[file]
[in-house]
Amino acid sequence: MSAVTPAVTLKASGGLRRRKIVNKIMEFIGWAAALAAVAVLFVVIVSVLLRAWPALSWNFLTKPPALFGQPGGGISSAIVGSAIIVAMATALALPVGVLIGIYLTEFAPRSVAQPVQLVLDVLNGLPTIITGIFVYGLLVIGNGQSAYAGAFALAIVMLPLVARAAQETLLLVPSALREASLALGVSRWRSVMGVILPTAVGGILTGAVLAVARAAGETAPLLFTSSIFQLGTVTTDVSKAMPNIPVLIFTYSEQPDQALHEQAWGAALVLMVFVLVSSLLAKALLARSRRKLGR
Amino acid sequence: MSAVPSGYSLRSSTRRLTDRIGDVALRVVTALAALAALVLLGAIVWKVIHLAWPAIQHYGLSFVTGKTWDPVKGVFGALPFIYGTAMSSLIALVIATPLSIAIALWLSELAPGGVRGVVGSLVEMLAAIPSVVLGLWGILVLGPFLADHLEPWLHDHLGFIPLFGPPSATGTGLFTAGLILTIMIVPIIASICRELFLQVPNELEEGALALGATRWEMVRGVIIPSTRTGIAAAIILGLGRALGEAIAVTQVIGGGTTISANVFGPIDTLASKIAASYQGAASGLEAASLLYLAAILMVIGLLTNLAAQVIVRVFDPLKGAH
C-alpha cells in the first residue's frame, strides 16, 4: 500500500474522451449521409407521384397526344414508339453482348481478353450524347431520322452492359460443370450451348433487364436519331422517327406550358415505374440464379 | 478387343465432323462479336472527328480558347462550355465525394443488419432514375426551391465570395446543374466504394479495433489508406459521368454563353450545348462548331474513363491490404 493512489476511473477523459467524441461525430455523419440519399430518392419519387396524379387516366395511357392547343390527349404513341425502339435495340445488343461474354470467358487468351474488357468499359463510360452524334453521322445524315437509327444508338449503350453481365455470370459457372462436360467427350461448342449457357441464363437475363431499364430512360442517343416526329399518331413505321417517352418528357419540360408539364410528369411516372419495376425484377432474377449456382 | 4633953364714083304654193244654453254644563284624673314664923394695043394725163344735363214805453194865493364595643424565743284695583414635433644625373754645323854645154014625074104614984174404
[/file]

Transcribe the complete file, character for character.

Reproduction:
[in-house]
Amino acid sequence: MSAVTPAVTLKASGGLRRRKIVNKIMEFIGWAAALAAVAVLFVVIVSVLLRAWPALSWNFLTKPPALFGQPGGGISSAIVGSAIIVAMATALALPVGVLIGIYLTEFAPRSVAQPVQLVLDVLNGLPTIITGIFVYGLLVIGNGQSAYAGAFALAIVMLPLVARAAQETLLLVPSALREASLALGVSRWRSVMGVILPTAVGGILTGAVLAVARAAGETAPLLFTSSIFQLGTVTTDVSKAMPNIPVLIFTYSEQPDQALHEQAWGAALVLMVFVLVSSLLAKALLARSRRKLGR
Amino acid sequence: MSAVPSGYSLRSSTRRLTDRIGDVALRVVTALAALAALVLLGAIVWKVIHLAWPAIQHYGLSFVTGKTWDPVKGVFGALPFIYGTAMSSLIALVIATPLSIAIALWLSELAPGGVRGVVGSLVEMLAAIPSVVLGLWGILVLGPFLADHLEPWLHDHLGFIPLFGPPSATGTGLFTAGLILTIMIVPIIASICRELFLQVPNELEEGALALGATRWEMVRGVIIPSTRTGIAAAIILGLGRALGEAIAVTQVIGGGTTISANVFGPIDTLASKIAASYQGAASGLEAASLLYLAAILMVIGLLTNLAAQVIVRVFDPLKGAH
C-alpha cells in the first residue's frame, strides 16, 4: 500500500474522451449521409407521384397526344414508339453482348481478353450524347431520322452492359460443370450451348433487364436519331422517327406550358415505374440464379 | 478387343465432323462479336472527328480558347462550355465525394443488419432514375426551391465570395446543374466504394479495433489508406459521368454563353450545348462548331474513363491490404 493512489476511473477523459467524441461525430455523419440519399430518392419519387396524379387516366395511357392547343390527349404513341425502339435495340445488343461474354470467358487468351474488357468499359463510360452524334453521322445524315437509327444508338449503350453481365455470370459457372462436360467427350461448342449457357441464363437475363431499364430512360442517343416526329399518331413505321417517352418528357419540360408539364410528369411516372419495376425484377432474377449456382 | 4633953364714083304654193244654453254644563284624673314664923394695043394725163344735363214805453194865493364595643424565743284695583414635433644625373754645323854645154014625074104614984174404